-Sheppard honored by Georgia Coroners Association
It's not a job for everyone.
But Lumpkin County Coroner Jim Sheppard is available at all hours of the day to help families during the most trying times of their lives.
Sheppard, along with Deputy Coroner Frank Goss, is tasked with responding to all non-attended deaths in the county (those that are not under a doctor's care).
"We determine the cause and manner of death," Sheppard said. "And we assist the Lumpkin County Sheriff's Office and Fire-EMS."
He said by law no one is allowed to touch the body of the deceased until either he or Goss is there to pronounce them clinically dead.
For this reason, time is critical as they get to a scene as soon as they can.
Often, Sheppard finds himself in the position of helping families deal with the unexpected needs that arise during such a difficult time.
We work with the decedent's family on which funeral home they want them to go."
Sheppard added that he and Goss are always careful not to refer families to one specific funeral home in such cases.
If someone comes from out of state and passes away in the county, the local coroner's office is responsible for coordinating with families to get the decedent back home.
For these reasons and more, Sheppard was named the 2018 Coroner of the Year by the Georgia Coroners Association at the recent convention in Macon.
He was nominated by Lumpkin County Sheriff Stacy Jarrard.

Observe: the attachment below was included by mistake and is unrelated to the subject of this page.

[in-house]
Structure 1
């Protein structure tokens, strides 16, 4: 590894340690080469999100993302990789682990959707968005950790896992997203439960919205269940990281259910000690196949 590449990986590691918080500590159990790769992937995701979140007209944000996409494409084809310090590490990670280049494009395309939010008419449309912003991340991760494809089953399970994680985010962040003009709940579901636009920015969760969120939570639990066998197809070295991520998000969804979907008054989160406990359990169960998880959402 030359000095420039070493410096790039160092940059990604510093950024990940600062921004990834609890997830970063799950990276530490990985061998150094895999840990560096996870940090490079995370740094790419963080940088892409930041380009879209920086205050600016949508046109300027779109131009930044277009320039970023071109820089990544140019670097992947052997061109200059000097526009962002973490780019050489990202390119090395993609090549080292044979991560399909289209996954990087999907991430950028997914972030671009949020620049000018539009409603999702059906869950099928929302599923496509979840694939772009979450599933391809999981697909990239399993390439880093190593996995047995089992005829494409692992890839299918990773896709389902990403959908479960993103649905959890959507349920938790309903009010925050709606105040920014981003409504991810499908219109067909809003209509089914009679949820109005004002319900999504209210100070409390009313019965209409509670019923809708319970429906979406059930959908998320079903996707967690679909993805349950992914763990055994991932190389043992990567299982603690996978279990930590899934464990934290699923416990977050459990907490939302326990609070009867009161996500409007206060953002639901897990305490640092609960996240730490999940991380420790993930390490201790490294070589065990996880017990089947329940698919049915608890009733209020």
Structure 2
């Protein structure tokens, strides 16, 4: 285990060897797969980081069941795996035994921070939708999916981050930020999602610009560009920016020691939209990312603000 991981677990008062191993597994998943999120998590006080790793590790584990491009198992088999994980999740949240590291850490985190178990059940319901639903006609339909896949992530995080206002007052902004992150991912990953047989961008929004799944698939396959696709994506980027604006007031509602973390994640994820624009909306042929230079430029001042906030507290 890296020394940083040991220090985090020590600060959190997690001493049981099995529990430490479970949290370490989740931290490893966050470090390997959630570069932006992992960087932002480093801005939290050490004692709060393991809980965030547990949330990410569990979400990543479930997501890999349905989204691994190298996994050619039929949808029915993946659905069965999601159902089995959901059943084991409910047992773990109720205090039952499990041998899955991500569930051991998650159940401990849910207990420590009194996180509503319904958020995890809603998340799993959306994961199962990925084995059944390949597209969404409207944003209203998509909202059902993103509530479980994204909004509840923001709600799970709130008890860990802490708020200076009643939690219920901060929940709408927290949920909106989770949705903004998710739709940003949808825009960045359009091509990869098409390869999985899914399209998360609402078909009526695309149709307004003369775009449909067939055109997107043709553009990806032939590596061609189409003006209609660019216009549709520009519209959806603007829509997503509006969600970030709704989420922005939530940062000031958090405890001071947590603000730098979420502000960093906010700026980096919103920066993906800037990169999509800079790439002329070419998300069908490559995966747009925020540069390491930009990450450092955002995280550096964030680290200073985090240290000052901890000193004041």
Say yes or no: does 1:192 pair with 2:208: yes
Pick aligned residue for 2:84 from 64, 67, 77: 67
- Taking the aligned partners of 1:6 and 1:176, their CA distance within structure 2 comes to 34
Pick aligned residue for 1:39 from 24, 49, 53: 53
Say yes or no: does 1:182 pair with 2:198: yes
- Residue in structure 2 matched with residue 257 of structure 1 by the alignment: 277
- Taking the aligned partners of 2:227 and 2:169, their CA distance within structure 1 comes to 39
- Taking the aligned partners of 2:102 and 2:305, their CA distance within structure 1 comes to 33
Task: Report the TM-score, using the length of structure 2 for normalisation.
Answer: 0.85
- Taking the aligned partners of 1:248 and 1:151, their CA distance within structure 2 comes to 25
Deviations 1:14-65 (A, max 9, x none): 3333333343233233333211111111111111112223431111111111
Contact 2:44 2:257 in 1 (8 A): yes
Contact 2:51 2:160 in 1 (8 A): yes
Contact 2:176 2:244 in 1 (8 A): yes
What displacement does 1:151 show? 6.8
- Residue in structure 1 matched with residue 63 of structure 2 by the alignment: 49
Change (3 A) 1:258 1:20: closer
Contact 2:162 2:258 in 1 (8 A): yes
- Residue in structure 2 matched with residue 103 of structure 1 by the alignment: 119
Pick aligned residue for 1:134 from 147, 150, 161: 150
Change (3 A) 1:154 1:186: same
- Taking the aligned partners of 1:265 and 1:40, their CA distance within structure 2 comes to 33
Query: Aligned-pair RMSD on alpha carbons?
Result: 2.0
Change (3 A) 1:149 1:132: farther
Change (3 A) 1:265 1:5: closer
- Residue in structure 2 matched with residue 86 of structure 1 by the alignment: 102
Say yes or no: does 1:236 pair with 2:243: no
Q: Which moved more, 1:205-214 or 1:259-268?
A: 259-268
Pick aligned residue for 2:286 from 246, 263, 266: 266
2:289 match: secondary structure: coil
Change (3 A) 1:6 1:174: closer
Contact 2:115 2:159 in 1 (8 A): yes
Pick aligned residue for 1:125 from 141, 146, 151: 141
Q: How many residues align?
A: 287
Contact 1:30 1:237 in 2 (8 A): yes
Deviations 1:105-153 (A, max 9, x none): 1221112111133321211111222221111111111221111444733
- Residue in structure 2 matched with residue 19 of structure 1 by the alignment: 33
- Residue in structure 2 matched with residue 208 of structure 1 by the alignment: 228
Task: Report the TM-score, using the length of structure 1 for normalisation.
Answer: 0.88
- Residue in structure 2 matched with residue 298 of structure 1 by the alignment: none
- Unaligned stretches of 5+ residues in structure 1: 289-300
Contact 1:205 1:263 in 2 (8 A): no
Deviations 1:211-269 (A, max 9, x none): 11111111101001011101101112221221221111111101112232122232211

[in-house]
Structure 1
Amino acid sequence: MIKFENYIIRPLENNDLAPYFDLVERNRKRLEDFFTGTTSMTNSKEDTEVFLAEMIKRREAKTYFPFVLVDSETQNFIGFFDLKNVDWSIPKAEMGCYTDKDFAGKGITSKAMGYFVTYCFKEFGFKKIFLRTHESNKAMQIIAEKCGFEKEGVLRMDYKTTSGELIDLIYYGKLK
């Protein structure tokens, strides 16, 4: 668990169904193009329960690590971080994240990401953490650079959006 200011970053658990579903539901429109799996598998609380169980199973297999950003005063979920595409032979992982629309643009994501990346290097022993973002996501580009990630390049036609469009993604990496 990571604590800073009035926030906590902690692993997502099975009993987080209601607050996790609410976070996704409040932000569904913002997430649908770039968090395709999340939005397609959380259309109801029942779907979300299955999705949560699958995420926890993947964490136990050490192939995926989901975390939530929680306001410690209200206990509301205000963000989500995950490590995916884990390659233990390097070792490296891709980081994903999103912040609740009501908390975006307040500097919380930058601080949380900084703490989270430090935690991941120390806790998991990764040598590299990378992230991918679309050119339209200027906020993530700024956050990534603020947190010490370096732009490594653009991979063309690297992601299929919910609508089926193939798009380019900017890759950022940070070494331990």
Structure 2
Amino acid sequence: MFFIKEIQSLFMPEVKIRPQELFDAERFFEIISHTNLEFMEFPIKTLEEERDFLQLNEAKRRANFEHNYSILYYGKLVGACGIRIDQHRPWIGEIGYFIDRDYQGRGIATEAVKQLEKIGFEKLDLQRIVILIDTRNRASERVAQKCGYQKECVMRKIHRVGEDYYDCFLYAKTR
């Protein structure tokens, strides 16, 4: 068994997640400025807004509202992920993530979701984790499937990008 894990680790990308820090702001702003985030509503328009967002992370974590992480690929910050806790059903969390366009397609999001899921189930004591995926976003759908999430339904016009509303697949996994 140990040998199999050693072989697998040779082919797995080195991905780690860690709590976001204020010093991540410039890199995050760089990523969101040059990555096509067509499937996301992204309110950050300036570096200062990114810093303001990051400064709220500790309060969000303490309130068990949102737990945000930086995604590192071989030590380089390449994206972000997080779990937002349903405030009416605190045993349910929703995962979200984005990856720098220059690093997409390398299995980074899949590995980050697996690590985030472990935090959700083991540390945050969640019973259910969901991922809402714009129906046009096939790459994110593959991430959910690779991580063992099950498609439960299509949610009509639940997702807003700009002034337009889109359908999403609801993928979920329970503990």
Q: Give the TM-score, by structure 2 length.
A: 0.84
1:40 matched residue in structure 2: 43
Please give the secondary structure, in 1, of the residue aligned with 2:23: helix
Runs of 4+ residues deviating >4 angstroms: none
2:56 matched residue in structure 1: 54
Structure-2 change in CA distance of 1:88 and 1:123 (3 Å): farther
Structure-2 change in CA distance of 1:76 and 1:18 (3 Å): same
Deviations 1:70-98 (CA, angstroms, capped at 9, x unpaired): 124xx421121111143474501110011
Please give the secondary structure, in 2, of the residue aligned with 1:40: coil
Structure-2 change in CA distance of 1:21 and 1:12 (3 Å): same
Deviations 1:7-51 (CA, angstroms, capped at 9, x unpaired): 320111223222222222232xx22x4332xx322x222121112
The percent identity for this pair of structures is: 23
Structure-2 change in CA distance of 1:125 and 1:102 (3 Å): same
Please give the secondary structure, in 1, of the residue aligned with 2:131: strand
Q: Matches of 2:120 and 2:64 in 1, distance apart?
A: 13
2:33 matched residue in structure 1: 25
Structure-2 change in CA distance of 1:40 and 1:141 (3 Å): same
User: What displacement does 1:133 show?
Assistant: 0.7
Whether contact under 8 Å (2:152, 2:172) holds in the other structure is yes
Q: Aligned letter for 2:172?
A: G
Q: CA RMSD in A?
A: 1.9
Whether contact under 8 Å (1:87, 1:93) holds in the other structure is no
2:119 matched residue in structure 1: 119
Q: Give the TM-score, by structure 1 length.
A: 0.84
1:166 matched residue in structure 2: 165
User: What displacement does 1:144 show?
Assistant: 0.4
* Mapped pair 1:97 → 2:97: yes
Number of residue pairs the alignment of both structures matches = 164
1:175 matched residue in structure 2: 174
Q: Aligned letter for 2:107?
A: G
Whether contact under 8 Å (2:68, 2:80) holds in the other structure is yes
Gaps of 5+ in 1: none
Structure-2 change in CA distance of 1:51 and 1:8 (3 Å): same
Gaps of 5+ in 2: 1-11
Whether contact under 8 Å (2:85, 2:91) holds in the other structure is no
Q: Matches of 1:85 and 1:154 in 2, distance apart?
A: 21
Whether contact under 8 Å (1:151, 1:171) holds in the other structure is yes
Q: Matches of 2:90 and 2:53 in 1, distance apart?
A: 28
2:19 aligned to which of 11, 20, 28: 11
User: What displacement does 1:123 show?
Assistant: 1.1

Jarrard said Sheppard has gone above and beyond in his work with the LCSO, helping investigators with anything they need.
"They show up in a timely manner and help family members with cases," Jarrard said.
In addition, Jarrard pointed out Sheppard's involvement in community programs.
"I knew about the nomination and I was appreciative that the sheriff thought so highly of me," Sheppard said.
However, he said he had no idea he would win.
"I was very humbled. If not for my family I would not be able to do what I do," Sheppard said.
Goss knew about the award but had to keep it a secret from Sheppard for three weeks.
He also had to find a way to get Sheppard's family to Macon for the Georgia Coroners Convention.
Goss was going to receive a service medal at the convention and used that as an excuse to invite everyone.
"This is a very prestigious award (1 out of 154 coroners in Georgia)," Goss said. "I am extremely proud of Jim and how far he has come in a short time."
NOT ALL THE SAME
"Some cases are simpler than others," Sheppard said.
For example, there can be many subpoenas for medical records involved in a case.
"It's not just about showing up and going home at the end of the day," he said.
Sheppard estimated that each death takes about 20-24 work hours (and many require more). In addition, they are usually working two to three cases at a time.
"Our bottom line is we just want things done correctly," Sheppard said. "If we don't do things the right way to start with it will cause more work in the end."
Goss said they are continually working on gaining the citizens confidence and trust.
"Every call we make and home we go into, that family is at the lowest point of their life. You have to treat them with compassion," Goss said.
Respect for all families is a big part of the job.
"Frank and I will always treat everyone with dignity and respect," Sheppard said. "At the end of the day death knows no political party. We are serious about taking care of our people. And we are proud of it."